Pariya Kohandel Saleh, an 18-year-old protester in Berlin, said her father was in jail in Iran for supporting the families of prisoners.
"Things should be good in Iran now the sanctions have been lifted, but the mullahs' pockets are bottomless and everybody knows it," she told the Reuters news agency.
The rallies on January 5 came as U.S. Ambassador to the United Nations Nikki Haley opened an emergency session of the UN Security Council with an impassioned plea for "brave" Iranian demonstrators, saying they are "risking their lives" to assert their rights to criticize the government and pursue a better life.
"The Iranian people are rising up in over 79 locations throughout the country," Haley said. "It is a powerful exhibition of brave people who have become so fed up with their oppressive government that they are willing to risk their lives in protest."
"The Iranian regime is finally on notice: The world will be watching what you do," she added.
But Russia's ambassador to the UN, Vasily Nebenzya, said the United States was "abusing the platform of the Security Council" with a "bogus" pretext to interfere in the domestic affairs of a member nation, in comments that almost echoed those of the Iranian ambassador to the UN.
"The true underlying reason for convening today's session lies not in attempts to protect the human rights and interests of Iranian people but in a veiled attempt to use the current moment to continue the line towards derailing the Joint Comprehensive Plan of Action, which aims to settle the situation around Iran's nuclear program," Nebenzya said.
Iranian UN Ambassador Gholamali Khoshroo accused the United States of "bullying" and "abusing" its power to summon a meeting of the Security Council on a matter he said was "outside the scope of its mandate.”
Reports in Western media about antigovernment demonstrations in Iran have decreased since Tehran blocked key social-media sites used by the protesters to spread video of the earlier unrest, which has been seen as the strongest challenge to the country's Islamic leadership in almost a decade.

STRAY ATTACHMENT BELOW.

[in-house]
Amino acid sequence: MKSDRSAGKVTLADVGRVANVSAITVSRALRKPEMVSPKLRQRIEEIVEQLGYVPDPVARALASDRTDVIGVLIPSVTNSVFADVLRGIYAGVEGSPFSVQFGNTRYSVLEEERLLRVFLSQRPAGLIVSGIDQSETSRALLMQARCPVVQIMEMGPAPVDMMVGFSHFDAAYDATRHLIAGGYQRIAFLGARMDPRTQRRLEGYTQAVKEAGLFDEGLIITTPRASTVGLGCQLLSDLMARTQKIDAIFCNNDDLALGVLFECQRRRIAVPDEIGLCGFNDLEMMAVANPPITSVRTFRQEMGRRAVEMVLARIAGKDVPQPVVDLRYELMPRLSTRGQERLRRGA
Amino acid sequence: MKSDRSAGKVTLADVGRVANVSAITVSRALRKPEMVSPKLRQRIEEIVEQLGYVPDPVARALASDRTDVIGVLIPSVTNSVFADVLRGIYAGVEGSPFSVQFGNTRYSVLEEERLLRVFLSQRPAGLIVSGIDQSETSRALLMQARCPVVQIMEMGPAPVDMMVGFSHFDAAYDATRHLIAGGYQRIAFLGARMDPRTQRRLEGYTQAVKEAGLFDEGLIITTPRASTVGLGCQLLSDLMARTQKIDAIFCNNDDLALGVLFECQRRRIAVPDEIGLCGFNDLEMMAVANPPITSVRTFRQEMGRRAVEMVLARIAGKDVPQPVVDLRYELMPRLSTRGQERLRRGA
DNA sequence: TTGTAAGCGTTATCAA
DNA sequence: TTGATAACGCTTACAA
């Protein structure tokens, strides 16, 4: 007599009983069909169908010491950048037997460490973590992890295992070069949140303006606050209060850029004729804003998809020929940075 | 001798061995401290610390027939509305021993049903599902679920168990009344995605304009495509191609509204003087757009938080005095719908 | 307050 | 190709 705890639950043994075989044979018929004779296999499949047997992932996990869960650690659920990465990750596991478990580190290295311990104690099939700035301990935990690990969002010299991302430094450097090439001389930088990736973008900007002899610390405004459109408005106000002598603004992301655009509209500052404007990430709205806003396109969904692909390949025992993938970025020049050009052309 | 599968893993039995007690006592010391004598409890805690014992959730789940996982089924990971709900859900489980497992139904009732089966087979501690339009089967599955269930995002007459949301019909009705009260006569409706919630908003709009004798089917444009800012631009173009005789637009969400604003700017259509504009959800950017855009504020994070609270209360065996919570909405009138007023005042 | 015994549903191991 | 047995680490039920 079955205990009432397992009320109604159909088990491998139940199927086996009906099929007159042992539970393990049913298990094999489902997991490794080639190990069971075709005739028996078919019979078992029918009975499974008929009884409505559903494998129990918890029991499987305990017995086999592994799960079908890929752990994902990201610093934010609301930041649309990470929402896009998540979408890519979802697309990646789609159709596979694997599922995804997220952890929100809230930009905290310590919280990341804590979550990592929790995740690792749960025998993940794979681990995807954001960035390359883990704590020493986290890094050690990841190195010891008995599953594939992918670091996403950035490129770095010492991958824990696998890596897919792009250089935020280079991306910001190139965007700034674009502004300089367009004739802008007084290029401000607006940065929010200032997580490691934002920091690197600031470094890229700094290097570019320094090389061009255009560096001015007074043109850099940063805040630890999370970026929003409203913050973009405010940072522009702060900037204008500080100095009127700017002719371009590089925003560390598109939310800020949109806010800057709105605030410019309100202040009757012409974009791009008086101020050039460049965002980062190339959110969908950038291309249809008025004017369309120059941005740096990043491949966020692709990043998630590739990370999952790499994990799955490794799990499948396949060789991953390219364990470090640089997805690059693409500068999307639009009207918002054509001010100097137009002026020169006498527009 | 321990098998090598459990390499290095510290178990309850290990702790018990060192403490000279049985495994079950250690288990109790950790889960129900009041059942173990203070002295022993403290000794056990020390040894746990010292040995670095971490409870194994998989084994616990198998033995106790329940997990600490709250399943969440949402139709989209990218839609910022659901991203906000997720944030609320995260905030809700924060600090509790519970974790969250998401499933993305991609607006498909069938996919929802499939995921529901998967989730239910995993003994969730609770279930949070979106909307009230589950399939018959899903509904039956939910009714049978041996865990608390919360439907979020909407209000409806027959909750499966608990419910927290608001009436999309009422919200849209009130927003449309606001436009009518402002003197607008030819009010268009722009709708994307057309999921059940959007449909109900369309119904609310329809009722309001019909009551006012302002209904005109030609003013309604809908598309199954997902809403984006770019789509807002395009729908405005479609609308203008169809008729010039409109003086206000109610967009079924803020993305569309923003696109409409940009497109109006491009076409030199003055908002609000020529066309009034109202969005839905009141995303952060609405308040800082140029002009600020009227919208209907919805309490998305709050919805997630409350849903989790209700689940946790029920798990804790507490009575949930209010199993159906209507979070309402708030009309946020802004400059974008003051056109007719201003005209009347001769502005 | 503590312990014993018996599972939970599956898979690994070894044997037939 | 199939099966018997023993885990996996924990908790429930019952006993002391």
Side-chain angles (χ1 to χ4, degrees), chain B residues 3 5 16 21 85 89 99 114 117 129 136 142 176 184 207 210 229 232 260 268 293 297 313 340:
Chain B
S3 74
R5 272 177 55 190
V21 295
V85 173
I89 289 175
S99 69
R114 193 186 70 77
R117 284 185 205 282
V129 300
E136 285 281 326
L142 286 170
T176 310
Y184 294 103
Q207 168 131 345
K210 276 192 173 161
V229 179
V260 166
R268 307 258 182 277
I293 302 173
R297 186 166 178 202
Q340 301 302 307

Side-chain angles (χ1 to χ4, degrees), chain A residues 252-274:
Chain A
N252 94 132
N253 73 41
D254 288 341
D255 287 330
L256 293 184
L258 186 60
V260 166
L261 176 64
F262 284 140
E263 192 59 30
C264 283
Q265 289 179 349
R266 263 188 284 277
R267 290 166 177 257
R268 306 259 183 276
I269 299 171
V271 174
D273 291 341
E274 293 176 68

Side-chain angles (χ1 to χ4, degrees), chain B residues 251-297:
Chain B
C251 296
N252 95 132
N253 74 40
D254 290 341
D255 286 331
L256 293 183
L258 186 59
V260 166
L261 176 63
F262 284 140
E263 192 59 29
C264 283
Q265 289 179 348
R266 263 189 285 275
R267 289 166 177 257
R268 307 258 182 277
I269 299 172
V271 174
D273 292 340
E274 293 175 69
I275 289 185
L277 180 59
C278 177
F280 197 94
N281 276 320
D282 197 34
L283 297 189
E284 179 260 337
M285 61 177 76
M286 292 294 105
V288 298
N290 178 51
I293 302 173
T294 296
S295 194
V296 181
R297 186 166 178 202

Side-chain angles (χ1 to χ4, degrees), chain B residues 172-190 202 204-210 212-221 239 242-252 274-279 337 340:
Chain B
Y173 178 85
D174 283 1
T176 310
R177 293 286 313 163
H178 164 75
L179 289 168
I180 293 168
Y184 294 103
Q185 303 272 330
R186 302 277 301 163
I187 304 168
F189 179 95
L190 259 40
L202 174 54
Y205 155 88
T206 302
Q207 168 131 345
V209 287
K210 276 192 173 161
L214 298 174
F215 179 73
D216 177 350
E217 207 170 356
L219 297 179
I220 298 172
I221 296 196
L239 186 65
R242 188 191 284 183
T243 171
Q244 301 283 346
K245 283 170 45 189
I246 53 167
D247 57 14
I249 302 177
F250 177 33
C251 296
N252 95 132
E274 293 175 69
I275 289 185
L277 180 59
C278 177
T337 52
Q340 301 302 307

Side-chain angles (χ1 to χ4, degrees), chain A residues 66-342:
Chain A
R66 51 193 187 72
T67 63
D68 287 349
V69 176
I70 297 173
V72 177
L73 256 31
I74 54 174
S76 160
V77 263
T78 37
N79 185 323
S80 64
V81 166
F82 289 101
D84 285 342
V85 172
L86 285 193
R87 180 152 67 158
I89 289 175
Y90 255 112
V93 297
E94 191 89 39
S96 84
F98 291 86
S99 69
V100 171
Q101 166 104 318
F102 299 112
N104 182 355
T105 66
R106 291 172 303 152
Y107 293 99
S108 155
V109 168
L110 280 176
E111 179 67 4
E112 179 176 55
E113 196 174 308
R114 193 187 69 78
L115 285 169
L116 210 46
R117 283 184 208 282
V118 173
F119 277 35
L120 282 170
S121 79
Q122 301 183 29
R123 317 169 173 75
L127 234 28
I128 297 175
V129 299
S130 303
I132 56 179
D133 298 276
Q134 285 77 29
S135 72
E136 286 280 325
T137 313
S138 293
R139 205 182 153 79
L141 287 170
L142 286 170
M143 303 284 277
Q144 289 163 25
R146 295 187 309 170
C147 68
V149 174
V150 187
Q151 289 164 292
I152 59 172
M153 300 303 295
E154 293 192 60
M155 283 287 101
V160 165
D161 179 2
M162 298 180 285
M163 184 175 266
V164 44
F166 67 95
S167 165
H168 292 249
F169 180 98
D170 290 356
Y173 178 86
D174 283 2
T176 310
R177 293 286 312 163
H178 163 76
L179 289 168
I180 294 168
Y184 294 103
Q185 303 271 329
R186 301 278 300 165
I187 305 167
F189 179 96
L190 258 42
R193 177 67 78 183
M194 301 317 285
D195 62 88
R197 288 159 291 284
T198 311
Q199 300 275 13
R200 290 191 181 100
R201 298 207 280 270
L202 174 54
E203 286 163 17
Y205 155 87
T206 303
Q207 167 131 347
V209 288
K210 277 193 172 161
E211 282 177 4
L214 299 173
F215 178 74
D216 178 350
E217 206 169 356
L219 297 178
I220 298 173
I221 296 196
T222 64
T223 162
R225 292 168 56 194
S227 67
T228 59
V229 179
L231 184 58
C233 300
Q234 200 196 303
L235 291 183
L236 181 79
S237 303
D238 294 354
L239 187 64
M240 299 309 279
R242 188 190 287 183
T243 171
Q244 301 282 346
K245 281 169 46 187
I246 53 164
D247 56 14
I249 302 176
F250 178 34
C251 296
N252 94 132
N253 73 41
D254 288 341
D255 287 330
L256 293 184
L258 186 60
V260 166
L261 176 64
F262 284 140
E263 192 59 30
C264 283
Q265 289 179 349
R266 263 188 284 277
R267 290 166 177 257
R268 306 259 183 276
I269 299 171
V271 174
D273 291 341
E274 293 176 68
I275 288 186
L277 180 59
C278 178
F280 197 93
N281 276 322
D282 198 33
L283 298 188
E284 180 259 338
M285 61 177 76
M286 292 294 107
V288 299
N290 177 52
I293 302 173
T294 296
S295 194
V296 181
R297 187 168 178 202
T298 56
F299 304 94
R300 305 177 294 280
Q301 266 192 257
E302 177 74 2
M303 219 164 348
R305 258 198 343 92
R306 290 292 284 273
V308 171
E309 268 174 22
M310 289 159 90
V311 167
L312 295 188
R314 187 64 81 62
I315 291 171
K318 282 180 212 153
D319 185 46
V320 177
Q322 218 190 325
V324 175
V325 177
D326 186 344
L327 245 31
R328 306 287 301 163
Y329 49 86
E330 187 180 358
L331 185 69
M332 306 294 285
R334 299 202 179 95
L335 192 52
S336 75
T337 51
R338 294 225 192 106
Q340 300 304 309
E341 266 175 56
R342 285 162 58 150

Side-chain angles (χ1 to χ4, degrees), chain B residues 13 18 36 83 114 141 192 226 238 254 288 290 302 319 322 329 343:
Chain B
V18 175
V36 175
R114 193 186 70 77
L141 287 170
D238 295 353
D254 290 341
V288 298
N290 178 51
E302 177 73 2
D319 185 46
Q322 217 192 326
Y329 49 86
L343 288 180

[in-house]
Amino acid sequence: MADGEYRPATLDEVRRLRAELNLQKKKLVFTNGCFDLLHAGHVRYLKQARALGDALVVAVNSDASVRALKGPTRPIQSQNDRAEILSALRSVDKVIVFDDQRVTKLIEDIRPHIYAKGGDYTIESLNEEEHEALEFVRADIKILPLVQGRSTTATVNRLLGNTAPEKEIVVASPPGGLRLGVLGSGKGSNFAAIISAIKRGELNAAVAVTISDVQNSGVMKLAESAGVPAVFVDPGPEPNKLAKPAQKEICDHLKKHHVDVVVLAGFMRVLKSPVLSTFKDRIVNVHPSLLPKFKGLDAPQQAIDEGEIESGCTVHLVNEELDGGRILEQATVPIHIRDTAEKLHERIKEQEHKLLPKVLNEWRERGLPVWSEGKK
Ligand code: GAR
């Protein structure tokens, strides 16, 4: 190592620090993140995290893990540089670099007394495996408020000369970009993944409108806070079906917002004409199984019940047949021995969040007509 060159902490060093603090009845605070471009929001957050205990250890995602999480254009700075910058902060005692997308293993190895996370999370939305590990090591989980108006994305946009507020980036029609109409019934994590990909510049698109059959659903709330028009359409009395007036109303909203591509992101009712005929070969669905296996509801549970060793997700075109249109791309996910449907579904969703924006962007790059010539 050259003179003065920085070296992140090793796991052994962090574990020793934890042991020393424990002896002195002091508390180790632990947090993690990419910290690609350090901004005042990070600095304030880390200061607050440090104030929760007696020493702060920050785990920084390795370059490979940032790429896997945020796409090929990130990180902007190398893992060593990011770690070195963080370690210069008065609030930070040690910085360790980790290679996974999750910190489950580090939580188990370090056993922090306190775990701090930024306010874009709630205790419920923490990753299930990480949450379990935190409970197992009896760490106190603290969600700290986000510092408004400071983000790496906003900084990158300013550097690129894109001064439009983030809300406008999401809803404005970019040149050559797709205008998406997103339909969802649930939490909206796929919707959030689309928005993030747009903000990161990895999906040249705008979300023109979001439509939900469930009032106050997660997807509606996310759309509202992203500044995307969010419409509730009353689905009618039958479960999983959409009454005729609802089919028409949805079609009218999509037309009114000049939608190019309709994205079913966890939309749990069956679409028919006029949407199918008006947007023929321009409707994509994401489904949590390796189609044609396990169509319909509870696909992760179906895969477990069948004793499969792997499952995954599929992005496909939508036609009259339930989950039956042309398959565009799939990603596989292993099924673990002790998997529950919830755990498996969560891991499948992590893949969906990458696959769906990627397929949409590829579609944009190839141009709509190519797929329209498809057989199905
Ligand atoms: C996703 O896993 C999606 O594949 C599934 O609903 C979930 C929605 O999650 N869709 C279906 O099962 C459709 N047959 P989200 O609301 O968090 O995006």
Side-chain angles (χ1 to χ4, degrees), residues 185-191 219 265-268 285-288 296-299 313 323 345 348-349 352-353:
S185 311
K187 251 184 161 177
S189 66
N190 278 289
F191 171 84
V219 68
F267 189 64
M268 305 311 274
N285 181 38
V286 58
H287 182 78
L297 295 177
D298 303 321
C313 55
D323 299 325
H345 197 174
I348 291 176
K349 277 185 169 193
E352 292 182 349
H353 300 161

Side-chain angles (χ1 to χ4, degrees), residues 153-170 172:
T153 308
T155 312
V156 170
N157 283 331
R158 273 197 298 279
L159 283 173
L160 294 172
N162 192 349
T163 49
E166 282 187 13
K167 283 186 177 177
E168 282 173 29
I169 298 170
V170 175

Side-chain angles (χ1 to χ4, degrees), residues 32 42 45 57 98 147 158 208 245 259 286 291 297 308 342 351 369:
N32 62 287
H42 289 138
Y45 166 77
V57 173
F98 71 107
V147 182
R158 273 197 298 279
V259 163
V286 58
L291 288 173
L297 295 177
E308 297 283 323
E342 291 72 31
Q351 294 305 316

The Open Observatory of Network Interference (OONI), part of a global project collecting evidence of Internet censorship, said on January 5 that its data confirm the government has blocked Telegram, Instagram, and Facebook Messenger during the protests.
Antigovernment protesters in Tabriz late on January 5 purportedly chanted the name of Soltan, a 26-year-old philosophy student and protester who was gunned down during the bloody government crackdown on demonstrators during 2009 mass rallies. They also said they missed Neda, a young female student who was shot dead during those same rallies and became an icon for the Green Revolution.
Another video reportedly shows thousands of fans at a soccer game in Tabriz, the capital of West Azerbaijan Province, a predominately ethnic Azeri region, chanting anti-leadership slogans.
In Khomein, a video appears to show a large crowd coming out for the first time in the city on January 5 shouting, “God bless your soul, Reza Shah,” a reference to the former shah of Iran who ruled until 1941.
Reza Shah was the founding king of the Pahlavi dynasty, who put Iran on the path to modernization. The monarchy was toppled in the Islamic Revolution in 1979.
The protests, which began over economic hardships suffered by Iran’s youth and working class, have evolved into an uprising against the powers and privileges of what some critics call a remote elite, especially Supreme Leader Ayatollah Ali Khamenei.
Iran's army chief has said that while local police forces had mostly quelled the unrest, army troops remain ready to intervene if needed.